Nauvoo Historic District

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Nauvoo Historic District
Joseph Smith House, Nauvoo (Hancock County, Illinois).jpg
Joseph Smith House
Nauvoo Historic District is located in Illinois
Nauvoo Historic District
Nauvoo Historic District is located in the US
Nauvoo Historic District
Location Nauvoo, Illinois
Coordinates 40°32′53″N 91°22′55″W / 40.548°N 91.382°W / 40.548; -91.382Coordinates: 40°32′53″N 91°22′55″W / 40.548°N 91.382°W / 40.548; -91.382
Area 3,850 acres (1,560 ha)
Built 1839 (1839)
NRHP Reference # 66000321
Significant dates
Added to NRHP October 15, 1966[1]
Designated NHLD January 20, 1961[2]

Nauvoo Historic District is a National Historic Landmark District containing the city of Nauvoo, Illinois. The historic district is nearly coterminous with the City of Nauvoo as it was incorporated in 1840, but it also includes the Pioneer Saints Cemetery (40°32′13″N 91°21′03″W / 40.5369°N 91.3507°W / 40.5369; -91.3507 (Old Nauvoo Burial Grounds)), the oldest Mormon cemetery in the area, which is outside the town boundary.[3]

Contributing structures include:

There are many non-contributing, modern structures in the district.

The district was declared a National Historic Landmark in 1961.[2] It is significant as the headquarters of the The Church of Jesus Christ of Latter-day Saints (LDS, or Mormon Church) from 1839 and 1846, and as an important early example of community planning by the LDS church. The city's basic plan is still discernible despite the many modern intrusions, and there are a wealth of historical archaeological sites related to the early LDS settlement period, including the site of the main temple, which occupied a prominent location in the city; it was burned in 1848 and its remains were levelled by a tornado in 1865. Due to the large influx of Mormons, Nauvoo became Illinois's largest city for a brief period in the 1840s. Despite this, it lacked a distinct commercial center, consisting mainly of residences laid out on broad streets on a rectangular grid.[3]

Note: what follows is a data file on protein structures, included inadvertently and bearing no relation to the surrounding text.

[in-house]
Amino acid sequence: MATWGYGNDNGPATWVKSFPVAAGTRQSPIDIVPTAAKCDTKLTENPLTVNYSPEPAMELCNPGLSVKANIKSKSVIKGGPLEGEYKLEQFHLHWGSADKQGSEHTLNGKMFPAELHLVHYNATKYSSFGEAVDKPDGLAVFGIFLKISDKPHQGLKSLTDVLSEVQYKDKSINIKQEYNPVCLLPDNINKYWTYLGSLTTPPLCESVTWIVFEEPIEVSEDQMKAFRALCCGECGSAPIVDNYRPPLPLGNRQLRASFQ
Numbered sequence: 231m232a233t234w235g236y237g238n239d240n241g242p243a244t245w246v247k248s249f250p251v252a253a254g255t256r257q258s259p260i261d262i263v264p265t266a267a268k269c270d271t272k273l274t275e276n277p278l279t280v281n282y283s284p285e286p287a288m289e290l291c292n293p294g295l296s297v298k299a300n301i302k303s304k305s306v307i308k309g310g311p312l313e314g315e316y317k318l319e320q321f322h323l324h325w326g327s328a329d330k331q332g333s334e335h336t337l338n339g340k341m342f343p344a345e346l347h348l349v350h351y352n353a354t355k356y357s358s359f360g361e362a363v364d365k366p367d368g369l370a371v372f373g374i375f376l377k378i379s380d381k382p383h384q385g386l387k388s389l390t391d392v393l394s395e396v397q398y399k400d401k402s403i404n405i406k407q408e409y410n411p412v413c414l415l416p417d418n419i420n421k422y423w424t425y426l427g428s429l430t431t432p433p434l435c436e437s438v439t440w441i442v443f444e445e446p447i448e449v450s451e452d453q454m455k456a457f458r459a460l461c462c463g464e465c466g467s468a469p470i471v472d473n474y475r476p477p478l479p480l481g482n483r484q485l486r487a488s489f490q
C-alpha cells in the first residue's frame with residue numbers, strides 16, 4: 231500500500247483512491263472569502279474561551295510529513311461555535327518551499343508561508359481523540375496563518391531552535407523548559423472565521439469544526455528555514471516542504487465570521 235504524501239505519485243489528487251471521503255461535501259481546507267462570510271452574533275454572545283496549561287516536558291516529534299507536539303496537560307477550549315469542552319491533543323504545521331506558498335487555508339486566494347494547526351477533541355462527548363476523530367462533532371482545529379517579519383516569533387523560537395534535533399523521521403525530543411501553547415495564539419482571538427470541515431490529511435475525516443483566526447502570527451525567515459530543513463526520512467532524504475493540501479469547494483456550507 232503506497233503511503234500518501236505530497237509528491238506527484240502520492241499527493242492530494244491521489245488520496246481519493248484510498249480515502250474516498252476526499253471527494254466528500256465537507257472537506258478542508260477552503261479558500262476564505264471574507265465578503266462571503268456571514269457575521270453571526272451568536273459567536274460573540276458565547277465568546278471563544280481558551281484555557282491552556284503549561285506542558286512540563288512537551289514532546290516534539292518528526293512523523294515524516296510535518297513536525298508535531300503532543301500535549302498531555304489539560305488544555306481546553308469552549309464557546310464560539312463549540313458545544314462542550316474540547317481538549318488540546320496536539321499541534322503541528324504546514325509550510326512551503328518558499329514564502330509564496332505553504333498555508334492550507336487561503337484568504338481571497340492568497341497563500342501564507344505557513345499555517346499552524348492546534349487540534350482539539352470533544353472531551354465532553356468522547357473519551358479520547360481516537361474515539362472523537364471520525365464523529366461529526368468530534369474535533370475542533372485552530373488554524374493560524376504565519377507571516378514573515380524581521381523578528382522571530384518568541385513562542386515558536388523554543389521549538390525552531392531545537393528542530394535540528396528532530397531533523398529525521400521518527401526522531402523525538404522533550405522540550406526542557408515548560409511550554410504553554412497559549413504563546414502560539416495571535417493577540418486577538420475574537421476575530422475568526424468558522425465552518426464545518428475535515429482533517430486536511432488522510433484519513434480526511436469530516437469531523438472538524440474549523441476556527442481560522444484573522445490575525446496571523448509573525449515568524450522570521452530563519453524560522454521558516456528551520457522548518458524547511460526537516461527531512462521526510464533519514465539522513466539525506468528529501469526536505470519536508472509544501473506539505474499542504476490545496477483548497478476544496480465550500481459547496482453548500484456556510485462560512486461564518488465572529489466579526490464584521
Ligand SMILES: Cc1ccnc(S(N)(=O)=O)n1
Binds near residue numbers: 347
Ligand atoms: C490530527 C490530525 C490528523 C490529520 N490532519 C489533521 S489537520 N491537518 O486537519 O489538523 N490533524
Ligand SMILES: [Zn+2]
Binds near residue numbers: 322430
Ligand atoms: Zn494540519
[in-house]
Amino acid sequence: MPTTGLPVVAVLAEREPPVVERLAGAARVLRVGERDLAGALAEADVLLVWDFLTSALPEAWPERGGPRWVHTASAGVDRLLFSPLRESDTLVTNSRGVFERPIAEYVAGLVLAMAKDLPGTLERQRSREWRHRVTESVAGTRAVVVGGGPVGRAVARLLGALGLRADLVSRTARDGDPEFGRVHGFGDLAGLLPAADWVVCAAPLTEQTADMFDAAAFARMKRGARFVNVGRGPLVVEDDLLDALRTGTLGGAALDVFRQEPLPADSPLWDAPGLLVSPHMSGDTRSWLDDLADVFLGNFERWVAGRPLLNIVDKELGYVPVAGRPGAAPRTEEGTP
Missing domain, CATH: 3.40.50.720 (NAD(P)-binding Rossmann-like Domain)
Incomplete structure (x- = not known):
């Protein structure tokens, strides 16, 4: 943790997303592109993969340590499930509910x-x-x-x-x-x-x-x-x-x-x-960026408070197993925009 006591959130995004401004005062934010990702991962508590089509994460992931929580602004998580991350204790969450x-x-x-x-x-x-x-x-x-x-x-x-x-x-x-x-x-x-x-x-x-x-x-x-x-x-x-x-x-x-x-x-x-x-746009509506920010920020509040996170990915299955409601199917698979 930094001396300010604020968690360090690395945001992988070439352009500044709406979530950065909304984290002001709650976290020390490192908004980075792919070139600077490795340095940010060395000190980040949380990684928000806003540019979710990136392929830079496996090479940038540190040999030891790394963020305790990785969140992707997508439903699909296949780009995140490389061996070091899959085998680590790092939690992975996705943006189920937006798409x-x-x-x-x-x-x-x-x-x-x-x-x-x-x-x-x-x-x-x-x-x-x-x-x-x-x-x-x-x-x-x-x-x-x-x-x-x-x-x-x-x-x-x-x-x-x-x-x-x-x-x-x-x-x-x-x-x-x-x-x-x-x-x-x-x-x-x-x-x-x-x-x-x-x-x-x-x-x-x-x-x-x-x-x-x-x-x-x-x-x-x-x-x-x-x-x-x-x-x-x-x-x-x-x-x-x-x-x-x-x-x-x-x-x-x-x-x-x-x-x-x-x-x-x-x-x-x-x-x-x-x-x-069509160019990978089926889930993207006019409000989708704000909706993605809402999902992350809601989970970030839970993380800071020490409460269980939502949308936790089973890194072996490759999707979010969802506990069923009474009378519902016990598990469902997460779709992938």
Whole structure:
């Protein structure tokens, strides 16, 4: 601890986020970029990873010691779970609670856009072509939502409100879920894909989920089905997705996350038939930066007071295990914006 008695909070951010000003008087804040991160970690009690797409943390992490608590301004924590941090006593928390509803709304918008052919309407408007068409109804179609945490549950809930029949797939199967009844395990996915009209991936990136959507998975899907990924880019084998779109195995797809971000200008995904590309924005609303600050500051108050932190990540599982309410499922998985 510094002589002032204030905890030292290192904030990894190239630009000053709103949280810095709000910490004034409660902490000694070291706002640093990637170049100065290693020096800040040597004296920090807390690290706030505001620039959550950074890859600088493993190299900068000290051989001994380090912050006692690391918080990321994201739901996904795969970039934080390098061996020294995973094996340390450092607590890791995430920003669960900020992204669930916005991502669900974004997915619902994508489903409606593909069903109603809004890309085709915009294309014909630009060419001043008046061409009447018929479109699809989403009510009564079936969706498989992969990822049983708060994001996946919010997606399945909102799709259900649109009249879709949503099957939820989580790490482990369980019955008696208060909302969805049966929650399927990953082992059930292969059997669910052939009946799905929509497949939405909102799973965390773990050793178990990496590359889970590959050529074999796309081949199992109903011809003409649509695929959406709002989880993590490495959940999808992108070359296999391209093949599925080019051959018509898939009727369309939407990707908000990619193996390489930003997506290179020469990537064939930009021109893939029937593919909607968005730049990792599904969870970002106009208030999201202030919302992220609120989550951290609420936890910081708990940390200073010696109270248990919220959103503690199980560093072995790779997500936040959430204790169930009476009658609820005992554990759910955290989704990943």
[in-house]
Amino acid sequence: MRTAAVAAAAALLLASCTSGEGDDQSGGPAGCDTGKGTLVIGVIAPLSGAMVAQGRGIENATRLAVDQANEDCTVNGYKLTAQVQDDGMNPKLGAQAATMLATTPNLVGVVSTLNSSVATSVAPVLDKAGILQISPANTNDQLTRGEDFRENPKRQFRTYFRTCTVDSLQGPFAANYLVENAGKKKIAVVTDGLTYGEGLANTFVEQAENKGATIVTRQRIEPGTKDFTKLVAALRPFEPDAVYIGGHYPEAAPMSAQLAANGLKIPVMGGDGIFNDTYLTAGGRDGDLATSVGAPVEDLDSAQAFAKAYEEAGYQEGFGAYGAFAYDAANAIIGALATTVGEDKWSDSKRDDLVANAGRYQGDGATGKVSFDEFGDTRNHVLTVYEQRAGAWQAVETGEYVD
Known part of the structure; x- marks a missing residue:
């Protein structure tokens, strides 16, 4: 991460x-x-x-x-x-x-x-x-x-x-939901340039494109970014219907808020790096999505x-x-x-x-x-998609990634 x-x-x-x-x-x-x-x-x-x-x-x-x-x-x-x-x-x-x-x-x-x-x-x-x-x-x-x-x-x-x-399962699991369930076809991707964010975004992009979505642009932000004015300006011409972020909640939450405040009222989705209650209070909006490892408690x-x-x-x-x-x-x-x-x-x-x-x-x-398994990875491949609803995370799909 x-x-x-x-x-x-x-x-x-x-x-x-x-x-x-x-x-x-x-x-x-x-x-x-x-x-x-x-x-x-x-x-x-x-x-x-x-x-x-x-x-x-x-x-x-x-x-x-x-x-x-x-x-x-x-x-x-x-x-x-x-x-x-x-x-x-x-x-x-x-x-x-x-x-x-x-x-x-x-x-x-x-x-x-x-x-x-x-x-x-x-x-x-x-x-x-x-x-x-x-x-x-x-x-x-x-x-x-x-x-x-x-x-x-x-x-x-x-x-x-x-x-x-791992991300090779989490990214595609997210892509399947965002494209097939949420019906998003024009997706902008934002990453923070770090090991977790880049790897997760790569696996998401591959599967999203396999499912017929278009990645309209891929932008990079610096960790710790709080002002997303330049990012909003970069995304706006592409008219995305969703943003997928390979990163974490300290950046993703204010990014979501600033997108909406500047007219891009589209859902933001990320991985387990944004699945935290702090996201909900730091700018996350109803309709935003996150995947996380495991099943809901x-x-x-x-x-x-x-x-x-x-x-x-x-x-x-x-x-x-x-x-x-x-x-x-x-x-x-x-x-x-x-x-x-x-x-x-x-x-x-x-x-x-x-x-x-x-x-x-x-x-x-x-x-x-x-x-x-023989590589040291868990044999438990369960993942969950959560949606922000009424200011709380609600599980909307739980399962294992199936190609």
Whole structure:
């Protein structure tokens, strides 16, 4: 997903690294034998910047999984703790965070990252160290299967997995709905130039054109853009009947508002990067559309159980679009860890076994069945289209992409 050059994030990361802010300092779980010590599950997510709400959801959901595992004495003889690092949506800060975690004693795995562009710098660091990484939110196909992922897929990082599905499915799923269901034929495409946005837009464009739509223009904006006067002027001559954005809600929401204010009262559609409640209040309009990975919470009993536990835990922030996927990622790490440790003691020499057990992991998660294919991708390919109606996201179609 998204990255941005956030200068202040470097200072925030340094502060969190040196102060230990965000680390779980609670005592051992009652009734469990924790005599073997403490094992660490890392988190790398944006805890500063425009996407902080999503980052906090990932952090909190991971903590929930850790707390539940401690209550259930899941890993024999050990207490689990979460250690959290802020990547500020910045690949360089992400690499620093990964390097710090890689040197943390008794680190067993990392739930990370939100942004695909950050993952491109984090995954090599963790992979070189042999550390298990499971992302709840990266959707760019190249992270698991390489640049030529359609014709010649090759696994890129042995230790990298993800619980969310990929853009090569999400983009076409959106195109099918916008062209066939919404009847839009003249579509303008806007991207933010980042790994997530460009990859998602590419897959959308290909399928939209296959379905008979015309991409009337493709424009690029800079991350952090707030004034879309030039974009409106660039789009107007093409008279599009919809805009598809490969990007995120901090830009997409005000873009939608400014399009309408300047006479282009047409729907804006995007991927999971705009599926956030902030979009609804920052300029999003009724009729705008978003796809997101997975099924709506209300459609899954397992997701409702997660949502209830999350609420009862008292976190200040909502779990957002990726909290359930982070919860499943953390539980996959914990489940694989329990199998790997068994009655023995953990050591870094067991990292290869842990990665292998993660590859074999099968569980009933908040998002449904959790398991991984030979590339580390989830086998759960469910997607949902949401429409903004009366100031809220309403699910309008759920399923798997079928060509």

The Mormons were forced out of Nauvoo in 1848, and the community was taken over by the Icarians, a utopian religious movement. In the 1960s, Mormon preservationists began to restore it and develop it as a tourism site related to the history of Mormonism.[3]

See also[edit]

References[edit]

  1. ^ National Park Service (2007-01-23). "National Register Information System". National Register of Historic Places. National Park Service. 
  2. ^ a b "Nauvoo Historic District". National Historic Landmark summary listing. National Park Service. Retrieved 2007-10-12. 
  3. ^ a b c Blanche Higgins Schroer and Ray H. Mattison (March 27, 1976) National Register of Historic Places Inventory-Nomination: Nauvoo, Illinois, National Park Service and Accompanying 12 images, from 1975 or undated, including one engraving reproduced from an 1873 book.

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